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Corbett group restores works of gorge artist

East County historian Clarence Mershon visited grandson's home in Sisters to examine and catalog the collection
by: Contributed photo, Artist C.W. Post in his studio.

Ten years ago, the Crown Point Country Historical Society in Corbett was offered a donation it could not refuse: more than 100 paintings and etchings and many photographs of the Columbia River Gorge area, created in the early 20th century by the renowned artist Charles Wesley Post.

Between 1907 and 1922, Post depicted the scenic vistas and natural beauty of the Columbia River Gorge, incorporating the Historic Columbia River Highway and Vista House into his work as they were being built. Post often painted in his home on Wand Road and at his portable tent studio on Chanticleer Point (now the Portland Women's Forum).

Post's grandson, Wes Post - who grew up in his grandfather's home and attended Corbett High School - and his wife, Juanita, decided to donate their collection of Post's original work to the historical society after interest in Post's work perked following an exhibit in Corbett a few years earlier.

East County historian Clarence Mershon, a member of the Crown Point Country Historical Society, says he visited the Posts' home in Sisters to examine and catalog the collection, which was kept in boxes in their house and garage. Mershon says the collection included Post's paintbrushes, tubes of paint and his easel, as well as labels that Post had designed for a Budweiser drink.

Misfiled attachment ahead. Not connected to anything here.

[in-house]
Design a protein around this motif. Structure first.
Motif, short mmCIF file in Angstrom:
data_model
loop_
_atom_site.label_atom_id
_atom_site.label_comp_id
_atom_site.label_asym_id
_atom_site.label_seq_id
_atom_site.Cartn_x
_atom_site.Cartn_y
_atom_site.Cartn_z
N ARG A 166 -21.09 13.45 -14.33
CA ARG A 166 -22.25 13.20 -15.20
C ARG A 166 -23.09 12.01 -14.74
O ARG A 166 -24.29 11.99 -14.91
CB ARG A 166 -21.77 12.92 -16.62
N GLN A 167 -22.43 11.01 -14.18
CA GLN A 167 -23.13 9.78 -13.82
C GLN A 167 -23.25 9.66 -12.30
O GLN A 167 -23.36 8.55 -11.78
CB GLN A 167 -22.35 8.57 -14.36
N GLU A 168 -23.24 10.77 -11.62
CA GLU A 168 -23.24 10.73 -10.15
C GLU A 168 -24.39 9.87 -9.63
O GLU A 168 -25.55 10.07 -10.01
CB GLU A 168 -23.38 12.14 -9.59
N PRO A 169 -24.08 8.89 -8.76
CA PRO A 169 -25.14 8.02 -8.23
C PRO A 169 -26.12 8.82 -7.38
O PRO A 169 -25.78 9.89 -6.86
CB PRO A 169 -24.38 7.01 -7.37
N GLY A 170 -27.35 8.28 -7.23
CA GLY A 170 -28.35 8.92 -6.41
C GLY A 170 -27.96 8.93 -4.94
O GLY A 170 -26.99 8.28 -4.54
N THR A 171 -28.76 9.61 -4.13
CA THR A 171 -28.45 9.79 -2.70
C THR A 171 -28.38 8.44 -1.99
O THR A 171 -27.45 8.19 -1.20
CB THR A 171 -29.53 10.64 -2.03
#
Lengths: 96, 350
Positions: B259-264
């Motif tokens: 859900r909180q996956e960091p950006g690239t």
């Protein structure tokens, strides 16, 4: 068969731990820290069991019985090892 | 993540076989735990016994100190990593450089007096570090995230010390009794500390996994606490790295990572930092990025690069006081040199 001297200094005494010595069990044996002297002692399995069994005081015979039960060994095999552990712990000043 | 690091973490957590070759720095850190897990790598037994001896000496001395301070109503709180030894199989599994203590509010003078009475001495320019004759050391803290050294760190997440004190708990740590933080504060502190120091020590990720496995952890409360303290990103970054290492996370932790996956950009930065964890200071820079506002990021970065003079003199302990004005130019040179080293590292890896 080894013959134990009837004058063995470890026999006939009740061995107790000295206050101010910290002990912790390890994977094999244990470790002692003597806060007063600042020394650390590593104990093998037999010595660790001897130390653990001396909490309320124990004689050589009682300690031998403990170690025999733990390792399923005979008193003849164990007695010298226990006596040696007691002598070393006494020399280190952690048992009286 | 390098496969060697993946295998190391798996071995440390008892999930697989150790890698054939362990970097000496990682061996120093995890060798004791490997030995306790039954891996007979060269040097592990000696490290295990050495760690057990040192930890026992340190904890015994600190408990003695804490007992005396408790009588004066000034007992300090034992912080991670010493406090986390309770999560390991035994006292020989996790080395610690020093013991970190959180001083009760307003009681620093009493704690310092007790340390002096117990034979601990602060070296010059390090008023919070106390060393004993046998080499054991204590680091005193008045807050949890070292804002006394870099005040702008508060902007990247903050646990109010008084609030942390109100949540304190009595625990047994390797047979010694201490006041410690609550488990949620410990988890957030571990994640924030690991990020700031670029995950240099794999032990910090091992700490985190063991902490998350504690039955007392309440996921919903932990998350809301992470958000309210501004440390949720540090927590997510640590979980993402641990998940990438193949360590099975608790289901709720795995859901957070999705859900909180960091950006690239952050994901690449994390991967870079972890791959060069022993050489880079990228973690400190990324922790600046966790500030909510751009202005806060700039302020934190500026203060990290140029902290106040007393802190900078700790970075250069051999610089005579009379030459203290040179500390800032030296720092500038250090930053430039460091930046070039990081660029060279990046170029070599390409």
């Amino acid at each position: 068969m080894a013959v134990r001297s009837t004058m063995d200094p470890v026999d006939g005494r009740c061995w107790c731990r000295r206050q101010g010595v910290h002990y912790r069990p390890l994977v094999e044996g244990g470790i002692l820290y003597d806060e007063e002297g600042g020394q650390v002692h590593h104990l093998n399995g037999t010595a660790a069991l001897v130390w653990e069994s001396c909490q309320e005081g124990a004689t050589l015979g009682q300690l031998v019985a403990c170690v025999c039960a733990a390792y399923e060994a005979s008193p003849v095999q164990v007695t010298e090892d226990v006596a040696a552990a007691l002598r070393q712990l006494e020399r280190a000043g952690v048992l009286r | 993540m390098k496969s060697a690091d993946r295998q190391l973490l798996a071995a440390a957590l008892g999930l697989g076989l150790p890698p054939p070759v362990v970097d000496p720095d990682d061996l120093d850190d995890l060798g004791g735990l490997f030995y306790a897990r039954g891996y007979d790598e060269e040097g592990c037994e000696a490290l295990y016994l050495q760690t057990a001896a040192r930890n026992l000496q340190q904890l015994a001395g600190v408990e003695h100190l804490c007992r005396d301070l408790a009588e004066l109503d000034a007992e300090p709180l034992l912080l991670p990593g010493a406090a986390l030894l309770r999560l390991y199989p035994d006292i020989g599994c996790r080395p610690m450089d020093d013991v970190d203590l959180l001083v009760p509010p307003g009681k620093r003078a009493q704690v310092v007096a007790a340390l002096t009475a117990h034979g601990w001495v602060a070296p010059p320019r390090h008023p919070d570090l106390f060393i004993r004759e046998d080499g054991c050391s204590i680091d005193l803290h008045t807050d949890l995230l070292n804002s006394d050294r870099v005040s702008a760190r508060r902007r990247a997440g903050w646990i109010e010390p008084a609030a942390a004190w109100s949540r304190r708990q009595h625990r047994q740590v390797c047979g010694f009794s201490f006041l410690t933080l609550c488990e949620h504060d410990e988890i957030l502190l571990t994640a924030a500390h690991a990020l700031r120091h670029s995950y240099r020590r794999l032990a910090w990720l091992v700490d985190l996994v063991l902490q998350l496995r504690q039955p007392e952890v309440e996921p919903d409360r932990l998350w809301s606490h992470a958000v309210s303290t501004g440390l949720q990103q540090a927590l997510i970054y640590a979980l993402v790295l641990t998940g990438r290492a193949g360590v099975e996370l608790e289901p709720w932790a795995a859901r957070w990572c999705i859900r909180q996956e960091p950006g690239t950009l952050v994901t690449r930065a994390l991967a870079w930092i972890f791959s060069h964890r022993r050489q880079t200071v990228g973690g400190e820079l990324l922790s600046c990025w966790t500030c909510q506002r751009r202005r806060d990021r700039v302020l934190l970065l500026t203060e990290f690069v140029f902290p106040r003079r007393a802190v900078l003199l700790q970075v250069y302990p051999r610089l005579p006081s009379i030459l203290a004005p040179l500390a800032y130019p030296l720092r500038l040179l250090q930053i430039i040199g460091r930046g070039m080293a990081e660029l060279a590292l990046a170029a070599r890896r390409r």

'When they told me they wanted to donate these paintings to the Crown Point Country Historical Society, I was stunned, flabbergasted,' Mershon recalls. 'I could tell by looking at the paintings that they were valuable, although I had no idea how valuable.'

The aging paintings varied in condition: paint had lost its luster, white spots appeared, and frames needed to be tightened; one painting of Mount Hood was punctured with a hole. Mershon says the Posts' children took what they wanted from the collection and suggested that the rest be tossed into a Dumpster.

The historical society took about 114 pieces of Post's art, possibly the largest collection of his work. Over the years, however, the historical society had only been able to restore one Post painting: a portrait of his collie, Galla.

Now, thanks to funds from a Multnomah County levy and a generous donation from a Corbett High School graduate, the historical society has embarked on restoring 30 of Post's best oil paintings, both completed and uncompleted. His completed work is signed 'Chas. W. Post.'

So far, the historical society has restored 14 of the original paintings, seven of which made their public debut at the Columbia Gorge Arts Festival at the Corbett schools campus Saturday and Sunday, May 19-20.

Gary Law, secretary of the historical society and curator of the collection, says the next few paintings will be taken in for restoration later this year. He would also like to have some of the other paintings in the collection, kept at a secret storage facility, restored in the future.